Risk Assessment for Validators and "Stake Flip Attack"


#1

Exciting to see the fast progress of the validator community! I have been working on a risk assessment for validators, inclusive of everything it should take to run a validator. Please check it out: https://bubowerks.io/blog/2018/08/03/risk-assessment-of-cosmos-tendermint-validators/
I would appreciate any feedback before the next step: figuring out the best means of dealing with each of the threats presented.

In the process of looking at the risks, I came up with something I’m dubbing the Stake Flip Attack: https://bubowerks.io/blog/2018/08/08/stake-flip-attack/
Basically the idea is that an attacker could delegate some of their stake to a legitimate validator(s) and then pull it out when they want to elevate their validator. It doesn’t decrease the amount of stake an attacker would need to take over the network, but would be a rather unexpected way to promote a validator, so it is worth thinking about. Probably the more general question is: how does Cosmos Hub intend to prevent a very resourceful attacker (think nation state) from buying enough stake to get over two-thirds voting stake in the network, especially if they do so through many separate entities?

Thoughts on both the risks in general and the stake flip attack appreciated!

Cheers,
Terry


#2

Supply and demand should handle this quite effectively. The markets increased desire for atoms, and validators wanting to use their current atoms should cause the atom price to rise. Thus the cost to get 2/3rds will be greater than 2/3rds of the market cap.


#3

Oh sure – think of it as a hostile takeover in the stock market. In that case, other investors see the one investor buying up all the stock, trying to get to 51% and they either oppose selling at all costs, or try to maximize the price they’ll sell for. The price paid per share to get that last 1% is way more than when they started buying up stock.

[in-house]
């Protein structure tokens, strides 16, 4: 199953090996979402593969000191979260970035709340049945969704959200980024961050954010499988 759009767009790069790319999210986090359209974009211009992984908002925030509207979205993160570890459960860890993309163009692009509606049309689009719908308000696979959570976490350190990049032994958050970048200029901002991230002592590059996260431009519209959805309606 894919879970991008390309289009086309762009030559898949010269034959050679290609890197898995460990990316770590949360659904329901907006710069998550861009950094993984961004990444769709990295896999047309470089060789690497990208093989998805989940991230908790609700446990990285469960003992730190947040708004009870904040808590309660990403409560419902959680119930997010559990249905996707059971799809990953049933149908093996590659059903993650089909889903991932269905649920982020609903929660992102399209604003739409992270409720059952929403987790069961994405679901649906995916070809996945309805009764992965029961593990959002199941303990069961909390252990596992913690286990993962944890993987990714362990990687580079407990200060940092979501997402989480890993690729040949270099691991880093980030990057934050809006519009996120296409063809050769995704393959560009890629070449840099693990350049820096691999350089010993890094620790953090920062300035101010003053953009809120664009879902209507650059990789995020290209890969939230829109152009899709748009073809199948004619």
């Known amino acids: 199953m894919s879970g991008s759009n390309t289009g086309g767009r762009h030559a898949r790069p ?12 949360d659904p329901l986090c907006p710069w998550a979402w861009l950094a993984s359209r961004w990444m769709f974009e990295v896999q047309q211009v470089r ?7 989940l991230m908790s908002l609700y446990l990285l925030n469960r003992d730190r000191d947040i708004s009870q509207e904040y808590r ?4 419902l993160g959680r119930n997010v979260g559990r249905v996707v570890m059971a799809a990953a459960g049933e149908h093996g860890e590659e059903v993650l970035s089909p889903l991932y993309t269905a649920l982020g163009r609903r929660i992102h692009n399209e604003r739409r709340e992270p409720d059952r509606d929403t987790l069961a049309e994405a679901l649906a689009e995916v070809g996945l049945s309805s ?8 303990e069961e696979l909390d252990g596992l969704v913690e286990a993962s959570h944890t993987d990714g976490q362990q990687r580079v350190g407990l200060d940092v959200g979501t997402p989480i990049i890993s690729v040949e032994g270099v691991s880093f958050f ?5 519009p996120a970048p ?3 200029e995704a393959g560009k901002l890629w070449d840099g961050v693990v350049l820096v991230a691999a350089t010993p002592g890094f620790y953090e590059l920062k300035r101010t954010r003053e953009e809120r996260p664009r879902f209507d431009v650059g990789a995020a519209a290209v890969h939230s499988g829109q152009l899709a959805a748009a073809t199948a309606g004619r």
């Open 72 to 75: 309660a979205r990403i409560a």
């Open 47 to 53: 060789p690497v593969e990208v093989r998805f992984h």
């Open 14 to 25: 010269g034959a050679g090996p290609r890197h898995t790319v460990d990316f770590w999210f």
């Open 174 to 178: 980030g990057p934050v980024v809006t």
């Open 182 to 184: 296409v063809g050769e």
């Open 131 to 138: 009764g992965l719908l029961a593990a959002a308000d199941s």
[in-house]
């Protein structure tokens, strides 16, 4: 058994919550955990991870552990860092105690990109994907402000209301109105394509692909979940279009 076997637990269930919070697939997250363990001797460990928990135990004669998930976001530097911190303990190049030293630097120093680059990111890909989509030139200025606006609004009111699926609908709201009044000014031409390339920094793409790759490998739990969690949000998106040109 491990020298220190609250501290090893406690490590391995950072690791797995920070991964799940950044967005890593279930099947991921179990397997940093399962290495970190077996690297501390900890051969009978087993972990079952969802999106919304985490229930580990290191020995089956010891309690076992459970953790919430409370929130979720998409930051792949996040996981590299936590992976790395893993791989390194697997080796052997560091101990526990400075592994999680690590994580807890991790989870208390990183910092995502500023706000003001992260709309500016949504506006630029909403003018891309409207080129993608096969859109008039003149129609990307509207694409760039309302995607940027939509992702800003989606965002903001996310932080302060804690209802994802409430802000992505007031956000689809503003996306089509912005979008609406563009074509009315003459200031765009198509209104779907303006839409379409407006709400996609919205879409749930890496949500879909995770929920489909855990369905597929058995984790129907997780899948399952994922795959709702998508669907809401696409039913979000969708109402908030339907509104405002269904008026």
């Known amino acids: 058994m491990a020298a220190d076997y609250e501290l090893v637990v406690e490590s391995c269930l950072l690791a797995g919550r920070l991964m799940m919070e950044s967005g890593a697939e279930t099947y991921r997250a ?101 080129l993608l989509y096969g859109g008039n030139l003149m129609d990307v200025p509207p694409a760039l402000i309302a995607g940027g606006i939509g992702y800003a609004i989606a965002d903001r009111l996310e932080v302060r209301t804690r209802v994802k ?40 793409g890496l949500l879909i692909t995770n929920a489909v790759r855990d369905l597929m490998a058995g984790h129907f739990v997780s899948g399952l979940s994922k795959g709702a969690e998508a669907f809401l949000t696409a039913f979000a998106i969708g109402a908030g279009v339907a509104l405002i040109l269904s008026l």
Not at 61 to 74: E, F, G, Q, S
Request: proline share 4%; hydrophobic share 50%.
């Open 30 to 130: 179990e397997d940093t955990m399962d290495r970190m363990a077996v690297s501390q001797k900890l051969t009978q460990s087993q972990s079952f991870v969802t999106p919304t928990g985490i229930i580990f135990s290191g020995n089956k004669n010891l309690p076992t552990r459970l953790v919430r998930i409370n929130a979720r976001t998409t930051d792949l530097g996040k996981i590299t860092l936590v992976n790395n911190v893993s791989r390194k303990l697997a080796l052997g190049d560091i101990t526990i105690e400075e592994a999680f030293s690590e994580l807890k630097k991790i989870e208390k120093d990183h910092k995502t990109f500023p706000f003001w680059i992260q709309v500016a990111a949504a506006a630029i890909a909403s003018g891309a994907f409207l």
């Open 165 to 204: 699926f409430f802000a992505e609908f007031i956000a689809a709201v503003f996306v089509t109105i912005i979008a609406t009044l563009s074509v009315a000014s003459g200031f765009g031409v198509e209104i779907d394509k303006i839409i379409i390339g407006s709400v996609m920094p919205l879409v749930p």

Now since this isn’t a regulated market, it’s much easier for an entity to be buying atoms through multiple fronts, pretending to be multiple independent validators. That activity will still drive the price up, but not as sharply because no one else knows what’s going on. The other consideration is do we know who all bought Atoms in the ICO, in a Know Your Customer (KYC) type manner?

We should keep in mind here that unlike something like bitcoin, the value here to the attacker isn’t the native coin itself, but rather control of the transactions, which may allow them to steal far more in other cryptocurrencies than the atoms are worth. It’s like breaking into Intercontinental Exchange – sure, their $78B in assets is nice, but most of it is illiquid, and far more appealing is the $43B flowing through there every day. Note that the NYSE has specific controls to prevent such attacks, such as the money flowing through different channels – something that would not be true if you’re directly trading Etherium for Bitcoin.

Hope I’m not sounding too much like a Negative Nancy – I raise the issue because I think it is a promising system… and unfortunately that means some bad folks are probably thinking the same.

Thanks!
Terry